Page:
As the Senate considers reforming national labor law, the percentage of American workers in unions continues its long and severe decline. What is causing the downturn, and what is prompting the legislation, is not a decreased need for unions — according to polls, about half of non-supervisory workers want to join one — but that employers are increasingly breaking the law to prevent their workplaces from being unionized.
Fifty years ago, more than 30 percent of private-sector workers were in a union. That share today is 8 percent. Globalization and the new, technology-driven economy have contributed to this decline, but advanced economies in Europe survive these same developments with union coverage rates as high as 80 percent. Much of the falloff is actually the result of illegal, anti-union actions by employers. Our recent analysis of cases brought before the National Labor Relations Board, which oversees union-management relations in most of the private sector, shows that employers illegally fire as many as one in five union organizers.
Actions by the world’s largest employer are a case in point. When butchers at Wal-Mart’s Jacksonville, Texas store joined the United Food and Commercial Workers International Union, Wal-Mart permanently closed its meat-cutting departments, switched to pre-packaged meat, and fired four of the union supporters.
Picking on Wal-Mart is unfair, as much of the business community despises unions. Unions fight for increased wages and benefits, redistributing earnings from employers to workers. Corporate managers, on the other hand, maximize profits for shareholders and hefty compensation packages for those at the top. Compelled by the threat of lower profits, many employers will do whatever it takes to avoid a union workplace.
Not infrequently, this means breaking the law. The National Labor Relations Act makes it illegal to intimidate or fire workers for union activity. Yet, according to our study of data from the National Labor Relations Board, there has been a steep rise in illegal firings of pro-union workers in the last few years. Currently, one in 53 pro-union workers are fired illegally during an election campaign. And employers generally fire the workers who are leading the union organizing activities. If 10 percent of union supporters are actually organizers in their workplace, NLRB data show that about one in five union organizers are illegally fired for their activism.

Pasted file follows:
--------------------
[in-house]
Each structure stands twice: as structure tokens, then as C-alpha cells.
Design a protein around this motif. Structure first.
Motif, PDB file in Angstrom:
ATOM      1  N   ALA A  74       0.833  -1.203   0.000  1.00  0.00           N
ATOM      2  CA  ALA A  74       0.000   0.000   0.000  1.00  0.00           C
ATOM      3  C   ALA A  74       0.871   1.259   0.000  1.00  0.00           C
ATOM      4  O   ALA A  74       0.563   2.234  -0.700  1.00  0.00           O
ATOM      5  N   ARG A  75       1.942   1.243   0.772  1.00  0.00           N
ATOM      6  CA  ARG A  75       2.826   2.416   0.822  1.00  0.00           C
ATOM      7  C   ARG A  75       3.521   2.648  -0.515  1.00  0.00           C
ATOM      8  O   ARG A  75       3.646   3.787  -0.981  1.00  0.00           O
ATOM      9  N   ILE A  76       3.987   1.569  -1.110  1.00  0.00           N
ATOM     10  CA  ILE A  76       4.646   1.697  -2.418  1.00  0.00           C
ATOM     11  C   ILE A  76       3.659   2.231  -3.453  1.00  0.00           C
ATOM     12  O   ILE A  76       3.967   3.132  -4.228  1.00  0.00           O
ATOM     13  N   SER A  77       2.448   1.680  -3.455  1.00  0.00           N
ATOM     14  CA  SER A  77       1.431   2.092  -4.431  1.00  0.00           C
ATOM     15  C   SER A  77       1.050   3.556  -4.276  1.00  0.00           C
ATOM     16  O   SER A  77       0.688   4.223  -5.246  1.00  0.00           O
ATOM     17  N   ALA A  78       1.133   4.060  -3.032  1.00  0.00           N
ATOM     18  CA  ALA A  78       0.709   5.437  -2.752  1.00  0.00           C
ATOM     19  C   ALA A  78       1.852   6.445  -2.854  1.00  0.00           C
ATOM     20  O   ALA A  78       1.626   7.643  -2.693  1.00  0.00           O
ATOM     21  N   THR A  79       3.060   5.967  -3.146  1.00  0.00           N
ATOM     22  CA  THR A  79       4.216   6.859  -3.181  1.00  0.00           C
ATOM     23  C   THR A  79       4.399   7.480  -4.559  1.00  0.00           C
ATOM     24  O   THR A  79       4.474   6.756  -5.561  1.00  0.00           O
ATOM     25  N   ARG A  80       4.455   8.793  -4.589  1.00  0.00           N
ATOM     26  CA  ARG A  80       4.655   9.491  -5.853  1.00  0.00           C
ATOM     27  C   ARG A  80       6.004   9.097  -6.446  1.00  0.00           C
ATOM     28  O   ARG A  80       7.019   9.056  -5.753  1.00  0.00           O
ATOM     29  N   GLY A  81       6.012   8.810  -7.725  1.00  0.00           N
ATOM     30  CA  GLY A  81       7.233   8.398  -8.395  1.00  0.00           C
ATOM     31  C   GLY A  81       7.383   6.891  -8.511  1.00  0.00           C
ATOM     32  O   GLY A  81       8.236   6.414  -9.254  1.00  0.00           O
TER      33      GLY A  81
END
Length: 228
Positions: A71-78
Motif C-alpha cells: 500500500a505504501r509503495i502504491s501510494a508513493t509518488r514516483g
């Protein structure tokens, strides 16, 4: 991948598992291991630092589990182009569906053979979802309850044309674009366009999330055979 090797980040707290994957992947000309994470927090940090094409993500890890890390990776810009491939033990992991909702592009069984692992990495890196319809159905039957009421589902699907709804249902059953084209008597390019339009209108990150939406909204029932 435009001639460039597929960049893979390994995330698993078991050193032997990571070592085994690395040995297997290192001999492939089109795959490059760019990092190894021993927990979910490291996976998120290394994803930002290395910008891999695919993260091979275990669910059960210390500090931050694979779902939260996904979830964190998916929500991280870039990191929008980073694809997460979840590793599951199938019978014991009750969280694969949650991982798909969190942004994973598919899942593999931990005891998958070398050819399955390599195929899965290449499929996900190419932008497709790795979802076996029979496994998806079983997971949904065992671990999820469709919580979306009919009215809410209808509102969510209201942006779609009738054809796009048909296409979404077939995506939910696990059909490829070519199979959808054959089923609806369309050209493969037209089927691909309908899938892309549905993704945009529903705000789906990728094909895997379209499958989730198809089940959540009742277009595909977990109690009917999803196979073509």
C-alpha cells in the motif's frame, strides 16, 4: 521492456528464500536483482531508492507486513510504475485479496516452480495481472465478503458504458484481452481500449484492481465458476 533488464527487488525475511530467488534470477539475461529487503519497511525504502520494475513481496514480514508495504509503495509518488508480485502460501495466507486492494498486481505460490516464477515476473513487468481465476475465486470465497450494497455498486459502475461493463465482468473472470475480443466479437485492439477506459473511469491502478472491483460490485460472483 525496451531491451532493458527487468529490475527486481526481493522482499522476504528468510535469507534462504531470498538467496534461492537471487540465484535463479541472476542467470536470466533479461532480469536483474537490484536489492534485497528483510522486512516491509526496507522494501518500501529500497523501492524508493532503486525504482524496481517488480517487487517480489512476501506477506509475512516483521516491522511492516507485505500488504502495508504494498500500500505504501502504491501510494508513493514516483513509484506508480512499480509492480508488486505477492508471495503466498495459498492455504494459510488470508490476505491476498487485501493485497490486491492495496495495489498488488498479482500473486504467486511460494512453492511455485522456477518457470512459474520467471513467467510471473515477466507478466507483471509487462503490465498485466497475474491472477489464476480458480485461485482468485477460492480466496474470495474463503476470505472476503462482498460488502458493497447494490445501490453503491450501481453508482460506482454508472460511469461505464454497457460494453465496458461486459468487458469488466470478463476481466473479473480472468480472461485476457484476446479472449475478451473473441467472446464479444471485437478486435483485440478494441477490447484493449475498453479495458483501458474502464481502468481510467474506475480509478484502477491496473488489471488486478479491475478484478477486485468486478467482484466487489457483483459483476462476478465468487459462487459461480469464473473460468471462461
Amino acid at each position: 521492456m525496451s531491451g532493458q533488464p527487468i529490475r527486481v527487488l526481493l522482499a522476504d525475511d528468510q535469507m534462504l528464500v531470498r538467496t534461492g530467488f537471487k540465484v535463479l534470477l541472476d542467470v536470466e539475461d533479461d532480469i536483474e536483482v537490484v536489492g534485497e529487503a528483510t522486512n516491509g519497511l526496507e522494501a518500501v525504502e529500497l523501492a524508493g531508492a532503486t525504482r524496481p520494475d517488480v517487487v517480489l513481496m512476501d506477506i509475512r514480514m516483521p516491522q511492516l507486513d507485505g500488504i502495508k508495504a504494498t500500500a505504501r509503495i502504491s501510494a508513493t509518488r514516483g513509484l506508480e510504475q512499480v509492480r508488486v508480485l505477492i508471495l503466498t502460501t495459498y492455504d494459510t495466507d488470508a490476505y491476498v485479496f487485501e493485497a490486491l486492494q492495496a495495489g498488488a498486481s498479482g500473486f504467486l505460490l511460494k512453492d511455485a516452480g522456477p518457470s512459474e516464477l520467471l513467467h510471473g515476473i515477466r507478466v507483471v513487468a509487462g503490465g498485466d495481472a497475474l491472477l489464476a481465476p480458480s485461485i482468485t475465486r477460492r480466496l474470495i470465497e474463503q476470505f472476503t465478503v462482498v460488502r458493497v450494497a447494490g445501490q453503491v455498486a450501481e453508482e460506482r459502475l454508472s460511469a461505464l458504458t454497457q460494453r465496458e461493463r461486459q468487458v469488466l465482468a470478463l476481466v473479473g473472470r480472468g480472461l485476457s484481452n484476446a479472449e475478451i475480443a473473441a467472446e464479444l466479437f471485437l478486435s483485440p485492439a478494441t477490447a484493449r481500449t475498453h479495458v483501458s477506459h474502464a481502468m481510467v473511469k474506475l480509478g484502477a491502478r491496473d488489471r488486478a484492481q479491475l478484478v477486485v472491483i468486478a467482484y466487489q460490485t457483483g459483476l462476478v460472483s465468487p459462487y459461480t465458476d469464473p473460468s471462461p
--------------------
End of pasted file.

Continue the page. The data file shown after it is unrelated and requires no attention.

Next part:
Interestingly, union membership has actually increased in the public sector. Whereas the private sector — the bulk of the U.S. economy — has seen unionization fall by three-quarters over the last 50 years, public-sector union membership has tripled over the same period, to about 36 percent. Persistent, illegal activity by employers in the private sector explains the disparity. Illegal firings exist in the public sector, of course, but they are less prevalent. Additional civil service protections ensure that firings are more onerous to the government than they are to a private employer. Besides, we should expect less union-busting in the public-sector: there is no profit motive.
President Dwight D. Eisenhower once lambasted union busters, proclaiming that “only a fool would try to deprive working men and women of the right to join the union of their choice.” The fools today are actually quite rational, practicing the cool calculus of costs and benefits.
In a worst-case scenario, the cost of firing a union supporter includes legal proceedings and remuneration to the discharged employee. At a maximum, discharged employees will receive missed earnings minus any income they have earned in the meantime. The total award usually amounts to less than $4,000, a small price to pay to avoid sharing profits with employees through a union-negotiated contract.
Unions are pressing for increased fines and other changes in labor law that reduce the incentives for employer aggression. Without those reforms, it will remain the case that crime really does pay.
Ben Zipperer is a researcher and John Schmitt is senior economist at the Center for Economic and Policy Research in Washington, DC.